So, you’ve got a bunch of lazy coaches who can’t keep their roster numbers up to Alabama/Georgia levels because of the transfer portal… and their preferred solution to the problem is to change one of the few limits in place to keep Saban and Smart from running completely roughshod over recruiting.
Few guardrails promote parity in college football.
There’s no salary cap, no player draft, and admitting just 3% of FBS programs into the College Football Playoff each year makes it difficult for those outside the sport’s innermost circle to ascend.
Basically, two parameters promote any semblance of parity:
- Limiting rosters to 85 scholarship players
- The 25-player limit on signing classes, a figure that accounts for high school recruits plus transfers
Working together, those guardrails keep the best programs from acquiring an endless bounty of top talent.
However, college football decision-makers are considering tearing down the latter guardrail, a move that should help recruiting elites like Alabama, Georgia and increasingly Texas A&M stockpile a deeper volume of inbound talent.
Athlon Sports reported this week that the NCAA Division I Council is expected to vote later this month to eliminate the 25-player signing cap for at least the next two years. This change would not eliminate the overall limit of 85 scholarship players.
I mean, what could possibly go wrong?
Now envision a scenario in which the guardrail limiting a program’s amount of newcomers is removed.
What’s to stop Alabama from signing 30 of the top high school prospects and adding 10 of the best available transfers?
Texas A&M has been quiet in the transfer market and instead used most of its spots on high school recruits. Its 30-man signing class this year ranks as the top-rated in the history of the 247Sports Composite. The Aggies inked 27 five- or four-star prospects. Tear down the guardrails, and the Aggies may assemble 37 five- or four-star prospects.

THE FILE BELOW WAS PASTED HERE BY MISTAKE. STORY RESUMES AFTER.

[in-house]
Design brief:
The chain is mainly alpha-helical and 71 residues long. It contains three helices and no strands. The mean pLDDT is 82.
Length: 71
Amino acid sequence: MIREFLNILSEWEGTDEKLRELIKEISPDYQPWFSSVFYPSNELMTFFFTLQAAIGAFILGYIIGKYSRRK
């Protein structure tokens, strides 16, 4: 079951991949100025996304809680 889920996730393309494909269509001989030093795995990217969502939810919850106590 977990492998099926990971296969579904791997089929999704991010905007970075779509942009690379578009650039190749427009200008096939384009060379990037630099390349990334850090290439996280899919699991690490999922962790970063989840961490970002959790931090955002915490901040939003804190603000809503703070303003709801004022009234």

But, if the elites add 40 of the best available newcomers every year instead of 25, won’t they exceed the overall limit of 85 scholarships?
The 25-player signing limit dissuades coaches from running older players off the roster. If that guardrail is removed, what’s to stop a coach from adding 40 newcomers per year, and then after a year in the system, retain the best 15 to 20 and run off the rest, allowing room to add another 40 newcomers without exceeding the 85 scholarship cap?
So, to review: Eliminating the 25-player signing cap would be designed to combat roster holes created by the increased rate of transfers and attrition. However, removing that signing cap limit further encourages transfers and attrition.
Nick Saban thanks you, fellow coaches.
I wrote “intended consequences” in the header, because we’ve already seen a partial trial run this year.
We received a sneak peak at what removing the 25-man guardrail will do, because this year, programs had been allowed to add up to 32 newcomers, as they adjust to the new transfer landscape.
So, Alabama signed a 25-man recruiting class that ranked No. 2 nationally. Then, the Tide grabbed five of the top available transfers, and it has room for a couple more.
These people will be back in three years, promoting a solution to fix the mess they just created.